“Do not use Chrome which is Google’s browser. They created Chrome because they weren’t getting quite enough information from your search engine about what websites you were visiting, so they invented a browser, Chrome. Chrome monitors every single thing you do when you are online.
“Do not use the Google search engine. So, what do you do instead? I use a search engine called ‘Start Page.’ Start Page, which is at StartPage.com, gives you full access to Google’s index, but it doesn’t track you. That’s because of an arrangement that they have with Google. Google can cut them off at any time. But in the meantime, instead of using Google.com, use StartPage.com and you’re not tracked.”
He recommends using a browser called “Brave” that is faster than Chrome, doesn’t show advertising at all and it protects your privacy.
Android phones, he argued, are the most unsafe devices: “Do not use Android phones. Android is also Google and Android records what you are doing whether you are online or not online.”
While there is no competitive alternative to Facebook, Epstein emphasized the information consumers publish on Facebook can be “used against you.”
“If it’s important to you to use Facebook to keep in touch with people, just be careful about the information that you post, and recognize that that information is being permanently stored, analyzed and used against you,” he said. “Be careful of what you post on Facebook. You can’t delete Facebook, but there are other things you can do.”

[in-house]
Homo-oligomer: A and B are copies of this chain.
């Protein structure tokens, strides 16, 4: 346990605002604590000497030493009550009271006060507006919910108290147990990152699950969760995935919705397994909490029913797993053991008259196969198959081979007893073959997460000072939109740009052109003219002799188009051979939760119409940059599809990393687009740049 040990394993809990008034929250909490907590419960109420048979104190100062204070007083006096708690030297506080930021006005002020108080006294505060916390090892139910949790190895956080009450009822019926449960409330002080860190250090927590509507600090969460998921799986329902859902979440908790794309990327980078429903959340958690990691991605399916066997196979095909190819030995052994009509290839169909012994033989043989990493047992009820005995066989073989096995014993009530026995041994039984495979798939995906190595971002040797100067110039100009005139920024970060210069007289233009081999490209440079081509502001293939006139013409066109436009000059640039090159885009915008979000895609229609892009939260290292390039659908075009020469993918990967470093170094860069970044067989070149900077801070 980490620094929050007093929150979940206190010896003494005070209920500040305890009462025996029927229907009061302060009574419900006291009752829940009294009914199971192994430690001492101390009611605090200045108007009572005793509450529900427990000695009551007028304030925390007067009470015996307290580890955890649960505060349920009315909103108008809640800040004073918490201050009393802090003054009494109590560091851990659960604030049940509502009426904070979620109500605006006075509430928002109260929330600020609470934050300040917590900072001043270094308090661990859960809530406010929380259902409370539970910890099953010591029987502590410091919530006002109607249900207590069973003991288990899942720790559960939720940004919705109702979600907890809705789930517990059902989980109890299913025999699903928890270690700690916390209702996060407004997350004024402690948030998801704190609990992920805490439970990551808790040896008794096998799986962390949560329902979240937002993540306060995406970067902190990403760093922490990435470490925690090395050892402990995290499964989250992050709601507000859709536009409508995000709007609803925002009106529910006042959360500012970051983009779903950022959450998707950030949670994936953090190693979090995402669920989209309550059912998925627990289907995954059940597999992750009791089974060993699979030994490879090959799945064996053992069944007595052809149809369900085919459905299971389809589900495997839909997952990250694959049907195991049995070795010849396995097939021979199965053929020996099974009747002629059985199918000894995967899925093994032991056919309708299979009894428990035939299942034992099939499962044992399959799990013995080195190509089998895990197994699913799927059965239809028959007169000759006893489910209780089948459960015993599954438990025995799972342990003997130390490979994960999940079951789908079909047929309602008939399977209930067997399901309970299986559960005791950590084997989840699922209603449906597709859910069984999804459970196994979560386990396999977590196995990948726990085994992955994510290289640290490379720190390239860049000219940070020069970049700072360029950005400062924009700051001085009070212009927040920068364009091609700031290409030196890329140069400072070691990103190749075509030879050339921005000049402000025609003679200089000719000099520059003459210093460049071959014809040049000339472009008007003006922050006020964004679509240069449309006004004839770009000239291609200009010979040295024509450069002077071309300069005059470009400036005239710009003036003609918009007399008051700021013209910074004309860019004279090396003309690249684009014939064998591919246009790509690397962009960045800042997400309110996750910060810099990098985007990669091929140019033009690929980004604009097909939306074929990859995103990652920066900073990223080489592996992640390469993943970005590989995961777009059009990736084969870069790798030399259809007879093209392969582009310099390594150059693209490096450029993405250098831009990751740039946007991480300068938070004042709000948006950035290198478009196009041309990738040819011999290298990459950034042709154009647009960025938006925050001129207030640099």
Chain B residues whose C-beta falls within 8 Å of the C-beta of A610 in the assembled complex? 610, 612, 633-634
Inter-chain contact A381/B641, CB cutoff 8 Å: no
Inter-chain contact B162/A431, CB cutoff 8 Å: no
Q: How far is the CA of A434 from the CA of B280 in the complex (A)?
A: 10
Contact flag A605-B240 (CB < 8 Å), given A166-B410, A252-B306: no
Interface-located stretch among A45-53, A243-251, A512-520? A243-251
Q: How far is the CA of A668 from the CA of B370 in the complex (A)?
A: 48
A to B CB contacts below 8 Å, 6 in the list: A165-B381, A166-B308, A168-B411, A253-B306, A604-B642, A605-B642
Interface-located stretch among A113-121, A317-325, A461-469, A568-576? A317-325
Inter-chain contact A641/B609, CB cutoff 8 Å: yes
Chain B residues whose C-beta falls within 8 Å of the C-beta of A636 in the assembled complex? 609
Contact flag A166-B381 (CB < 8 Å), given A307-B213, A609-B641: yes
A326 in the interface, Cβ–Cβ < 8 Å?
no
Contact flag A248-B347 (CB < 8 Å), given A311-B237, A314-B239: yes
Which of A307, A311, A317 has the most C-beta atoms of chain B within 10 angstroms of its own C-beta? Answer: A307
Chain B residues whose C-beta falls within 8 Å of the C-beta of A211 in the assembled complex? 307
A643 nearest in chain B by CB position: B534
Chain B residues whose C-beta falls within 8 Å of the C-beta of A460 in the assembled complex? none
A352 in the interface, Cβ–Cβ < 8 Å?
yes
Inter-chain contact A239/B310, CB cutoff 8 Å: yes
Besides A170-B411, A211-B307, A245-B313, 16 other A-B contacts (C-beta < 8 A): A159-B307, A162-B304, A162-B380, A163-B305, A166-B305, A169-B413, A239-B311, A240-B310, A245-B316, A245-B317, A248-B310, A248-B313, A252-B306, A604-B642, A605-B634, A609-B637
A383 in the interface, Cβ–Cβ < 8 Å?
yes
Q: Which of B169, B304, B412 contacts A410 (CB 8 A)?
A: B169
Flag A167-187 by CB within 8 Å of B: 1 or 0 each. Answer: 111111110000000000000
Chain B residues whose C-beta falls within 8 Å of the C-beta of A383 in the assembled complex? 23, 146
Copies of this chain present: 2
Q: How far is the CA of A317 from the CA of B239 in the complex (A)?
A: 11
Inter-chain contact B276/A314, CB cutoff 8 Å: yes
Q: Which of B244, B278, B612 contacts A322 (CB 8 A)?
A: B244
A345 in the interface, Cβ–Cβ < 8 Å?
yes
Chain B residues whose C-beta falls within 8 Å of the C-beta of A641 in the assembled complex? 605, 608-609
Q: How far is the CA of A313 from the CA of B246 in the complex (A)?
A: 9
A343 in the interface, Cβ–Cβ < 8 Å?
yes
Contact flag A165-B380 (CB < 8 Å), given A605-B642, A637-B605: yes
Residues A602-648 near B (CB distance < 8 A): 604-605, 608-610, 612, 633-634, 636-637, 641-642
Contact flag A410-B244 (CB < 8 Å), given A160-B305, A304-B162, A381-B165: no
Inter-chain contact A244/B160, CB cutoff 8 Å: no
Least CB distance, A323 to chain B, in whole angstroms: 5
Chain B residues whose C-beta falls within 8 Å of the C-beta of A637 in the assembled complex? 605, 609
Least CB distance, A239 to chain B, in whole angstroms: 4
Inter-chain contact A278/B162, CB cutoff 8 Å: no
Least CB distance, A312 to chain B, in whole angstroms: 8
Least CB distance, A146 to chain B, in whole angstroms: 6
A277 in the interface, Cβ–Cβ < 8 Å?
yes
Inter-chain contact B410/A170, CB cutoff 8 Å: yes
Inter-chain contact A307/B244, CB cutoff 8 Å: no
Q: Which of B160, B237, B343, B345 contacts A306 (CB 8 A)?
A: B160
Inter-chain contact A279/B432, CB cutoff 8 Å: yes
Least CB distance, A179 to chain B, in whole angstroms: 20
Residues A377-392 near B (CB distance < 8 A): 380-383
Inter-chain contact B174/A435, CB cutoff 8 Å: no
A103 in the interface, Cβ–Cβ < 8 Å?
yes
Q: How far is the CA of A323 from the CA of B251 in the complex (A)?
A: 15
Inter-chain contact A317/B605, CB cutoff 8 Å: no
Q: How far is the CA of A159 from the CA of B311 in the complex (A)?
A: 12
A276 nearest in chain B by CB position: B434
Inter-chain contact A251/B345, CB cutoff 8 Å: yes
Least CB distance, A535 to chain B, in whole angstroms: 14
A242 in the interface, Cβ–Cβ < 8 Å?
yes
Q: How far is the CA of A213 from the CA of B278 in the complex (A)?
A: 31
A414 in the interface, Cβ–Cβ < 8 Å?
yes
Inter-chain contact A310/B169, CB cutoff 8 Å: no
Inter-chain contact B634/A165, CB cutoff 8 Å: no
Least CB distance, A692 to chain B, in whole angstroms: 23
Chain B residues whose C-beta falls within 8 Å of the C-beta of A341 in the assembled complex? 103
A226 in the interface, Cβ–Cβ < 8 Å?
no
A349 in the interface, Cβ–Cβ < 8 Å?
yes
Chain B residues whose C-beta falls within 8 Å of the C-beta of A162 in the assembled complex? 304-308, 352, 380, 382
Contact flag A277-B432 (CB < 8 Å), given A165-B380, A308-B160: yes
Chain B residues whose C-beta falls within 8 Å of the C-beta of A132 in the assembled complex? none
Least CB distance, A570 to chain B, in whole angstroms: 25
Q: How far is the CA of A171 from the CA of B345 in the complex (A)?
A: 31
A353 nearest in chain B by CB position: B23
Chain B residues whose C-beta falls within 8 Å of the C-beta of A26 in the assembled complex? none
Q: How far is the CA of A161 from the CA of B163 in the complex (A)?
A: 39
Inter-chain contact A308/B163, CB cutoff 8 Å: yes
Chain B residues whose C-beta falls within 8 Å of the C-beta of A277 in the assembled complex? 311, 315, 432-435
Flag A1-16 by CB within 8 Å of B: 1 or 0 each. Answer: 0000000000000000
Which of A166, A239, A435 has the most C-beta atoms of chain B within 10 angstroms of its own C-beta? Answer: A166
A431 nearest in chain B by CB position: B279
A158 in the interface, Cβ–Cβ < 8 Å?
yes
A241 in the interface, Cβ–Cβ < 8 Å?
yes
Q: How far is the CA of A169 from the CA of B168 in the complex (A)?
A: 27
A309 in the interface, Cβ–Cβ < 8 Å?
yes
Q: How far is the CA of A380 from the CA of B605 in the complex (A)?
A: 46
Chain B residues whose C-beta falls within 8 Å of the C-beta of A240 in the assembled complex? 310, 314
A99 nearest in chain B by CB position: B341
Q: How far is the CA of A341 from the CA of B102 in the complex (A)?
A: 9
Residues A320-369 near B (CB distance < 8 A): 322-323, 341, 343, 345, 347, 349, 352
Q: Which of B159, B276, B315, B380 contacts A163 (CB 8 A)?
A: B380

The important frame of mind to have with Google, he says, is search results “serve Google, not the interest of the consumer.”
“When you are searching for information online, look at it critically,” Epstein continues. “Don’t just think that what Google is giving you is the best search result because often times it’s not. The key thing is about being informed.”
What’s the goal? Schweizer has some ideas.
“We need to let Google and these companies know that we don’t consider this acceptable behavior and that we are going to look for alternatives – we are going to embrace alternatives,” he added. “These companies have a sense of social mission, they also want to make money and if they realize that people are going to leave them in droves, I think that that’s going to at least put them on notice that they need to correct.”
The principals behind “The Creepy Line” emphasize the most important thing for consumers to remember: Google and Facebook services are not actually free, says Matthew Taylor, director of the move. He says they will actually and ultimately cost you your free will.
“People need to know there is a cost associated, way beyond monetary, with using these products,” he said. “There is a cost that is far beyond dollar and cents. “It’s your personality, it’s your information, it’s your privacy, it’s your intimacy – it’s being bought and sold and manipulated. And that is something you should know. At the very least the film just starts the conversation.”